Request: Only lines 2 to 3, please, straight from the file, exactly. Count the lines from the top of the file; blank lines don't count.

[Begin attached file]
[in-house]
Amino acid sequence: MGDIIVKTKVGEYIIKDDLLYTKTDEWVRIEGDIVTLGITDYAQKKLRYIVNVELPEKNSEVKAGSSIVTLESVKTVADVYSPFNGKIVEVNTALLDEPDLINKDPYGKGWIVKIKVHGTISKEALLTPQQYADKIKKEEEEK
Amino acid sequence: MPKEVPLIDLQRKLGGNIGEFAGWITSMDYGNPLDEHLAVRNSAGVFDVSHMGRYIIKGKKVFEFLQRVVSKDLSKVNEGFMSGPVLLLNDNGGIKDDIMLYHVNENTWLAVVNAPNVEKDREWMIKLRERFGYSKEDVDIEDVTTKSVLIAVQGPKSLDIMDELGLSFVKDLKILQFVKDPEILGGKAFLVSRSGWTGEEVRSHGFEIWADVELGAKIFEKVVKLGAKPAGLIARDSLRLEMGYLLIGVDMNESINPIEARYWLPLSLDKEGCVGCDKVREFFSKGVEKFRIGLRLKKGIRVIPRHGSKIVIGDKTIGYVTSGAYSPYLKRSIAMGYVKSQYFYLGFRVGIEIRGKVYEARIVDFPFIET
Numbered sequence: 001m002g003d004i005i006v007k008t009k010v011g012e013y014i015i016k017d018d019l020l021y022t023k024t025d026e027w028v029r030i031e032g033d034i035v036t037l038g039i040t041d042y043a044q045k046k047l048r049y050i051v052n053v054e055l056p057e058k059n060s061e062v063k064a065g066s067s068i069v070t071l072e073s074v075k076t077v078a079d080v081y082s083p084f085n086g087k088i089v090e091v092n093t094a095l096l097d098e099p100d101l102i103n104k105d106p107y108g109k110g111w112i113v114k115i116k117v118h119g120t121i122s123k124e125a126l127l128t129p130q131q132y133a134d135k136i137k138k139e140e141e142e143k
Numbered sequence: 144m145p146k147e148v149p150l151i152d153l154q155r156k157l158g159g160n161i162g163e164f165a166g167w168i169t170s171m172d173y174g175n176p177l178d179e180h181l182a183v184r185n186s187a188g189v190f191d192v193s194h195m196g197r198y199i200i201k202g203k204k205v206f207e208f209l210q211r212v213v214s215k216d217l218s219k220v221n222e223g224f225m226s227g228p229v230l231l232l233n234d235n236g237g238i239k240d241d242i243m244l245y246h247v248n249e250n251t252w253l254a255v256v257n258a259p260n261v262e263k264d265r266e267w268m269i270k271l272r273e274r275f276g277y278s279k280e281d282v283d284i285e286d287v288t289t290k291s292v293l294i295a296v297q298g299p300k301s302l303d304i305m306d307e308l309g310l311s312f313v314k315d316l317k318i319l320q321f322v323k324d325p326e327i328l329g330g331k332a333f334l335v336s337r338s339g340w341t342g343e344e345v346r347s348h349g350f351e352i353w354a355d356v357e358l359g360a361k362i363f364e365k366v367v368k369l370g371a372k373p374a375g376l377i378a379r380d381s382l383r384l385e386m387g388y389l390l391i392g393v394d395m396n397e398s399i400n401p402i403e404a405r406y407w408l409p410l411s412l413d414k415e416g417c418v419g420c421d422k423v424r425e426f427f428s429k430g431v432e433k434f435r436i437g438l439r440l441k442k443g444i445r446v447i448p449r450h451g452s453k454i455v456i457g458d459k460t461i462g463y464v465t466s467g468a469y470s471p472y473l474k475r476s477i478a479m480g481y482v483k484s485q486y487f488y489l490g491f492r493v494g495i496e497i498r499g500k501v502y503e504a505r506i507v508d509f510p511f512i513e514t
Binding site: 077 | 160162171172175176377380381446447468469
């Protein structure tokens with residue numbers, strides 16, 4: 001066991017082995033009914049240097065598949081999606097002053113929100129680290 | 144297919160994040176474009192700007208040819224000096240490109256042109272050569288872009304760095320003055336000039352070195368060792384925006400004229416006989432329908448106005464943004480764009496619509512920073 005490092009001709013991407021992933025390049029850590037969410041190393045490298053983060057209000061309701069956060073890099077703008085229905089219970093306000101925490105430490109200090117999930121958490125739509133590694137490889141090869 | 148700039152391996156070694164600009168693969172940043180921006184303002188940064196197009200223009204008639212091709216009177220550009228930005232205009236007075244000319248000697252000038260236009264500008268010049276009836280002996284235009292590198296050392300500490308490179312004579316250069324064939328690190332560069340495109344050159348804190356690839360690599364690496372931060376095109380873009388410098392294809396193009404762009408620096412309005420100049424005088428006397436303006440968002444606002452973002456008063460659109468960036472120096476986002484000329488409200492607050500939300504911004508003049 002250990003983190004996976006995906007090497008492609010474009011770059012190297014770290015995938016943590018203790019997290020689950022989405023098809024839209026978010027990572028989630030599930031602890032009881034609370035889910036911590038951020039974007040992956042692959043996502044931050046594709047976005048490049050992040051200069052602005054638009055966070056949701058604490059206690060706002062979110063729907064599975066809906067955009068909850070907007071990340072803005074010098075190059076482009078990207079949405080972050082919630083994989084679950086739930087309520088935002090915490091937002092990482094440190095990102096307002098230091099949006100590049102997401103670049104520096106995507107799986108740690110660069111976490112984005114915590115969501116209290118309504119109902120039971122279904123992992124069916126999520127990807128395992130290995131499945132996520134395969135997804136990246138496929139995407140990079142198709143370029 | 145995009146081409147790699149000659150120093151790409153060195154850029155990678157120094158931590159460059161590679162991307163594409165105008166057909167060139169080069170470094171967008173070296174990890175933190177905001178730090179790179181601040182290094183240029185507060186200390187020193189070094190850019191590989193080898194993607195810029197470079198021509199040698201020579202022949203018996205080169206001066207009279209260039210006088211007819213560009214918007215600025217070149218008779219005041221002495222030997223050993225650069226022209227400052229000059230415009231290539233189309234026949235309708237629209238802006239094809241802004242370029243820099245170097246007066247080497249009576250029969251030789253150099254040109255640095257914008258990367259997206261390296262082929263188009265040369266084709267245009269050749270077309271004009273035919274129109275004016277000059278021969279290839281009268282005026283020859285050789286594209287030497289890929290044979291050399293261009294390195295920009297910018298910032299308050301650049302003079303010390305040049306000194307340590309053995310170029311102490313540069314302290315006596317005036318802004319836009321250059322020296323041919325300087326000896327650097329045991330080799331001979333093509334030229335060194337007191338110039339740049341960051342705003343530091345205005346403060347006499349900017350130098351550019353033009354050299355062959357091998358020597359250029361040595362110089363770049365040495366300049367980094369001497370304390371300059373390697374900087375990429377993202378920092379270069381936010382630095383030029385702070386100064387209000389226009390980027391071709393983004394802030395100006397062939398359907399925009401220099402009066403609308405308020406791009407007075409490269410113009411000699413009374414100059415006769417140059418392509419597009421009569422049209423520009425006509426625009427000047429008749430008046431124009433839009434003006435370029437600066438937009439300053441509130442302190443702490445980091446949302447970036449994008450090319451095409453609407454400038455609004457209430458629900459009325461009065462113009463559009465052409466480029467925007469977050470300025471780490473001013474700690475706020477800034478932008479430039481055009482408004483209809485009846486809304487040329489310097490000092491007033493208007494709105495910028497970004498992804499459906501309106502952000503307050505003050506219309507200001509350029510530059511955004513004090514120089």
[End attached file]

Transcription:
Amino acid sequence: MGDIIVKTKVGEYIIKDDLLYTKTDEWVRIEGDIVTLGITDYAQKKLRYIVNVELPEKNSEVKAGSSIVTLESVKTVADVYSPFNGKIVEVNTALLDEPDLINKDPYGKGWIVKIKVHGTISKEALLTPQQYADKIKKEEEEK
Amino acid sequence: MPKEVPLIDLQRKLGGNIGEFAGWITSMDYGNPLDEHLAVRNSAGVFDVSHMGRYIIKGKKVFEFLQRVVSKDLSKVNEGFMSGPVLLLNDNGGIKDDIMLYHVNENTWLAVVNAPNVEKDREWMIKLRERFGYSKEDVDIEDVTTKSVLIAVQGPKSLDIMDELGLSFVKDLKILQFVKDPEILGGKAFLVSRSGWTGEEVRSHGFEIWADVELGAKIFEKVVKLGAKPAGLIARDSLRLEMGYLLIGVDMNESINPIEARYWLPLSLDKEGCVGCDKVREFFSKGVEKFRIGLRLKKGIRVIPRHGSKIVIGDKTIGYVTSGAYSPYLKRSIAMGYVKSQYFYLGFRVGIEIRGKVYEARIVDFPFIET